To the aesthetic, sensuous, pagan pleasure in natural life and lush womanhood which his son Angel had lately been experiencing in Var Vale, his temper would have been antipathetic in a high degree, had he either by inquiry or imagination been able to apprehend it. Once upon a time Angel had been so unlucky as to say to his father, in a moment of irritation, that it might have resulted far better for mankind if Greece had been the source of the religion of modern civilization, and not Palestine; and his father's grief was of that blank description which could not realize that there might lurk a thousandth part of a truth, much less a half truth or a whole truth, in such a proposition. He had simply preached austerely at Angel for some time after. But the kindness of his heart was such that he never resented anything for long, and welcomed his son to-day with a smile which was as candidly sweet as a child's.

Angel sat down, and the place felt like home; yet he did not so much as formerly feel himself one of the family gathered there. Every time that he returned hither he was conscious of this divergence, and since he had last shared in the Vicarage life it had grown even more distinctly foreign to his own than usual. Its transcendental aspirations — still unconsciously based on the geocentric view of things, a zenithal paradise, a nadiral hell — were as foreign to his own as if they had been the dreams of people on another planet. Latterly he had seen only Life, felt only the great passionate pulse of existence, unwarped, uncontorted, untrammelled by those creeds which futilely attempt to check what wisdom would be content to regulate.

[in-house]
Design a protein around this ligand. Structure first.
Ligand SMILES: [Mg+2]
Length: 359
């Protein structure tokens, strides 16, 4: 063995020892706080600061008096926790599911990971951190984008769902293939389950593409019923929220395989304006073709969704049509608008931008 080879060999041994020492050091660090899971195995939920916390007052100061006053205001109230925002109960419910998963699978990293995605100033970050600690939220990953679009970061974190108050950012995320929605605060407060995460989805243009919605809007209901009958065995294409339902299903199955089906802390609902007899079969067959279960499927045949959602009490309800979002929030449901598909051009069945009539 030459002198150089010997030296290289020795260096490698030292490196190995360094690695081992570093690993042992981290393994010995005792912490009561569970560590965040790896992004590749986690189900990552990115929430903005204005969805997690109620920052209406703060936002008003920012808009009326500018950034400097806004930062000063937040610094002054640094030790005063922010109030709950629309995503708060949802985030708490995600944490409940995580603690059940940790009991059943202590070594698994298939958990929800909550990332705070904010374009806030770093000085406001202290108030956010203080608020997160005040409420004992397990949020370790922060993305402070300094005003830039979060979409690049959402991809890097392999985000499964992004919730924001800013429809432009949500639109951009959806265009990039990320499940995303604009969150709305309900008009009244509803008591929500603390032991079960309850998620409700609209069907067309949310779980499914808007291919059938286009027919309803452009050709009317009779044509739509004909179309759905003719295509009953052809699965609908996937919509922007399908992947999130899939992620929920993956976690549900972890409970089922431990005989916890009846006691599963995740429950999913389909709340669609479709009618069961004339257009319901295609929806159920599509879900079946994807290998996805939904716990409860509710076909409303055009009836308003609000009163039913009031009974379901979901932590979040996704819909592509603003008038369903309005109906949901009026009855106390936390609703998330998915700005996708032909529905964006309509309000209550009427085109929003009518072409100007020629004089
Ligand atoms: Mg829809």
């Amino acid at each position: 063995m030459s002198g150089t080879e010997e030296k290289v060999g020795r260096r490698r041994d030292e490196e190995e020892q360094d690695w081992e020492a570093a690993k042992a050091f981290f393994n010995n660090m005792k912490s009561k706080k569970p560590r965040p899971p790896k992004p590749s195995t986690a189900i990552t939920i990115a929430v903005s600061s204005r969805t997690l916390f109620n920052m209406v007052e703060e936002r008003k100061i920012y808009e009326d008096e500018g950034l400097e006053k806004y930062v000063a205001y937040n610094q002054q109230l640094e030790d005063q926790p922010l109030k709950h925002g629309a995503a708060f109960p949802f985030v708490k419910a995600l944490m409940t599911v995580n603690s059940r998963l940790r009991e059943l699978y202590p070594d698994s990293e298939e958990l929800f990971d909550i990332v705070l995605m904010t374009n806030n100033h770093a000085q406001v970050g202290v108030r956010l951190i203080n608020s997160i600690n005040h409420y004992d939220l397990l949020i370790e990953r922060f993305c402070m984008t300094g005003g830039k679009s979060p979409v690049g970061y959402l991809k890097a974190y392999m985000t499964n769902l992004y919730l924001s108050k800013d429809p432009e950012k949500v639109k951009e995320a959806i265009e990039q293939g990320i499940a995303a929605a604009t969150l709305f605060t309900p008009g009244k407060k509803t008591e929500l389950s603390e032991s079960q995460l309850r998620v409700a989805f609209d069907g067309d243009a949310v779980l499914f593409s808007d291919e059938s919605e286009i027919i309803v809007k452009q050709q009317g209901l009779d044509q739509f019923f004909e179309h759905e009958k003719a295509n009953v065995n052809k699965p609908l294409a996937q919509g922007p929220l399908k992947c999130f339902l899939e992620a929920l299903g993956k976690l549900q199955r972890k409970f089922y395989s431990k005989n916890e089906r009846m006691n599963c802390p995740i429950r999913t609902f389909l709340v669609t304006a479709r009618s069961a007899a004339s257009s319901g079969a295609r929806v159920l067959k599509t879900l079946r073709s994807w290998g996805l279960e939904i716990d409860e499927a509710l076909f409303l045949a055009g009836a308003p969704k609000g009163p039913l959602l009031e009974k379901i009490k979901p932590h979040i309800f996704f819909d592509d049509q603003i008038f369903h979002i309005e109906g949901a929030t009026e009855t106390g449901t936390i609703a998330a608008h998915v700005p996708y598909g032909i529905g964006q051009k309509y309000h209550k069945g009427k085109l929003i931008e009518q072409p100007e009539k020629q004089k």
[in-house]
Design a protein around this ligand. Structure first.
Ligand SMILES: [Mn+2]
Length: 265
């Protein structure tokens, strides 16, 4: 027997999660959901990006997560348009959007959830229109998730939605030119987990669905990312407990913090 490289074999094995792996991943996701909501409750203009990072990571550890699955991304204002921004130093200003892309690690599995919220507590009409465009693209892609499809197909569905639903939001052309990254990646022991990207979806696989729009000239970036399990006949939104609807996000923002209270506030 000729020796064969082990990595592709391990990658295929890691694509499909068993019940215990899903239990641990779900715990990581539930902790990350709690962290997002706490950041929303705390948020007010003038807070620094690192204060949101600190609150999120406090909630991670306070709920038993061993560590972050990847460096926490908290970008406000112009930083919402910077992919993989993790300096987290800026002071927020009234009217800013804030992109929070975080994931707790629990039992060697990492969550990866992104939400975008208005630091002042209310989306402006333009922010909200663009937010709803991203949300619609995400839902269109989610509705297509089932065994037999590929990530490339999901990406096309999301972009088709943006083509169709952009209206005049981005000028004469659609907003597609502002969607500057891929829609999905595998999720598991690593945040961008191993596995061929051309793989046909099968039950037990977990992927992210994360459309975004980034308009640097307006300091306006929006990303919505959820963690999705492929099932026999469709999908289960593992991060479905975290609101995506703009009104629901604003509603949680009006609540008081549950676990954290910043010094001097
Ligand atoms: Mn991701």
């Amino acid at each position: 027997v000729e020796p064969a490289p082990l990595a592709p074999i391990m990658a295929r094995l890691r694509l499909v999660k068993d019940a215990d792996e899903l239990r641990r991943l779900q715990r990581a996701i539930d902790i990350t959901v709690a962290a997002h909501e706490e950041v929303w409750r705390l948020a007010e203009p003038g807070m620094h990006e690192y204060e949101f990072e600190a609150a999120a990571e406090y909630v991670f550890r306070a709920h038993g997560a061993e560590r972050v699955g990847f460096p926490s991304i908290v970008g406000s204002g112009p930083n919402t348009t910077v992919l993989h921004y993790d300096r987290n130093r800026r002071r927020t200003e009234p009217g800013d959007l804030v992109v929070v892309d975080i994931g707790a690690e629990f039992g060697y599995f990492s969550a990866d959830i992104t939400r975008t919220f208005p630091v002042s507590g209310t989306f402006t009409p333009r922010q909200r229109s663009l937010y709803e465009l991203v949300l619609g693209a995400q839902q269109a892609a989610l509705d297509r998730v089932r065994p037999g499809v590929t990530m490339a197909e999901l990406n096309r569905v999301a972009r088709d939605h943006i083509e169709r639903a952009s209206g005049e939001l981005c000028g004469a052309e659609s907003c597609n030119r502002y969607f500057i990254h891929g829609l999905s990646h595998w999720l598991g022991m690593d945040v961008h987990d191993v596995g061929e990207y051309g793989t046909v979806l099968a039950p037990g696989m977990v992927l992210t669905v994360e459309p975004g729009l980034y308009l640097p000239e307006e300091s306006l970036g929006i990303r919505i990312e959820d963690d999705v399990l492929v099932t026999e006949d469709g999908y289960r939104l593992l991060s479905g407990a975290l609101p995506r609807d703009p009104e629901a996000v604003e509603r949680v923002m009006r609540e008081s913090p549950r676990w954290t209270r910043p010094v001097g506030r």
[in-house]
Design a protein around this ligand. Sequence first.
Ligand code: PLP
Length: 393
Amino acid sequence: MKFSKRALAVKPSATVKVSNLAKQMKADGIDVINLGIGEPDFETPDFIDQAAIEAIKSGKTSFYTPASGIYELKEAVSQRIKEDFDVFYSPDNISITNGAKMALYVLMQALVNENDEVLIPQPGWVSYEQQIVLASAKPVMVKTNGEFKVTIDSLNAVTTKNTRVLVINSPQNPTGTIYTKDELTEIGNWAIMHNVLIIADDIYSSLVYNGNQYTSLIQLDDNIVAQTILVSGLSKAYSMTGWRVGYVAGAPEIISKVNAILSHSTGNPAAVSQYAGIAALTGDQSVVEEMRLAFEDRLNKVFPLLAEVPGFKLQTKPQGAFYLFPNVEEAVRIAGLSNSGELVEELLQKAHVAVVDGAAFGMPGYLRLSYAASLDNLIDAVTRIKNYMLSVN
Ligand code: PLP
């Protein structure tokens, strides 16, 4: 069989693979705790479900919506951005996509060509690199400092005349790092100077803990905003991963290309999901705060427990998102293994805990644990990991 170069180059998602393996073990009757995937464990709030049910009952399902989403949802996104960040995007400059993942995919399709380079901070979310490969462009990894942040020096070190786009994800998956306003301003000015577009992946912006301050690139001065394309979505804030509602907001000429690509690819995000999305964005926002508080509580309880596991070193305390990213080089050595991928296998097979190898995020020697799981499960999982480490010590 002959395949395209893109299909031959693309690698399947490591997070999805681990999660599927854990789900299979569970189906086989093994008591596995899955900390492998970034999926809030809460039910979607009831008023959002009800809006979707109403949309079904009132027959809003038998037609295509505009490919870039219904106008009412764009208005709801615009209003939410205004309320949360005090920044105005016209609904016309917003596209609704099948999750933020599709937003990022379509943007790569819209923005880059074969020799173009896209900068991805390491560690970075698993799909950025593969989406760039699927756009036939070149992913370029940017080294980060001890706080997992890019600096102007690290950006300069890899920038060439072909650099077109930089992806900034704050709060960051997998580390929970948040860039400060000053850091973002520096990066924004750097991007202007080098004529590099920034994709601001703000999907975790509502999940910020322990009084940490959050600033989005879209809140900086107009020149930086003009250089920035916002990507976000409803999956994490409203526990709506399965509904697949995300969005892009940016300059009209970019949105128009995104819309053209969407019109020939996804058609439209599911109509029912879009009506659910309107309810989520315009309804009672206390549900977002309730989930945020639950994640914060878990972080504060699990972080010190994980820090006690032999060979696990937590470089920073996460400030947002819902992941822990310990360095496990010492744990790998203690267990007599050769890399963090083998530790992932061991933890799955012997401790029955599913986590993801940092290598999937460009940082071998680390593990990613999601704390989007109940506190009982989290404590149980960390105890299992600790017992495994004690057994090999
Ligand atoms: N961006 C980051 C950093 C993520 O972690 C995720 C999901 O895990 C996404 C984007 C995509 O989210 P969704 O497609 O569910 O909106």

On their part they saw a great difference in him, a growing divergence from the Angel Clare of former times. It was chiefly a difference in his manner that they noticed just now, particularly his brothers. He was getting to behave like a farmer; he flung his legs about; the muscles of his face had grown more expressive; his eyes looked as much information as his tongue spoke, and more. The manner of the scholar had nearly disappeared; still more the manner of the drawing-room young man. A prig would have said that he had lost culture, and a prude that he had become coarse. Such was the contagion of domiciliary fellowship with the Talbothays nymphs and swains.

After breakfast he walked with his two brothers, non-evangelical, well-educated, hall-marked young men, correct to their remotest fibre, such unimpeachable models as are turned out yearly by the lathe of a systematic tuition. They were both somewhat short-sighted, and when it was the custom to wear a single eyeglass and string they wore a single eyeglass and string; when it was the custom to wear a double glass they wore a double glass; when it was the custom to wear spectacles they wore spectacles straightway, all without reference to the particular variety of defect in their own vision. When Wordsworth was enthroned they carried pocket copies; and when Shelley was belittled they allowed him to grow dusty on their shelves. When Correggio's Holy Families were admired, they admired Correggio's Holy Families; when he was decried in favour of Velasquez, they sedulously followed suit without any personal objection.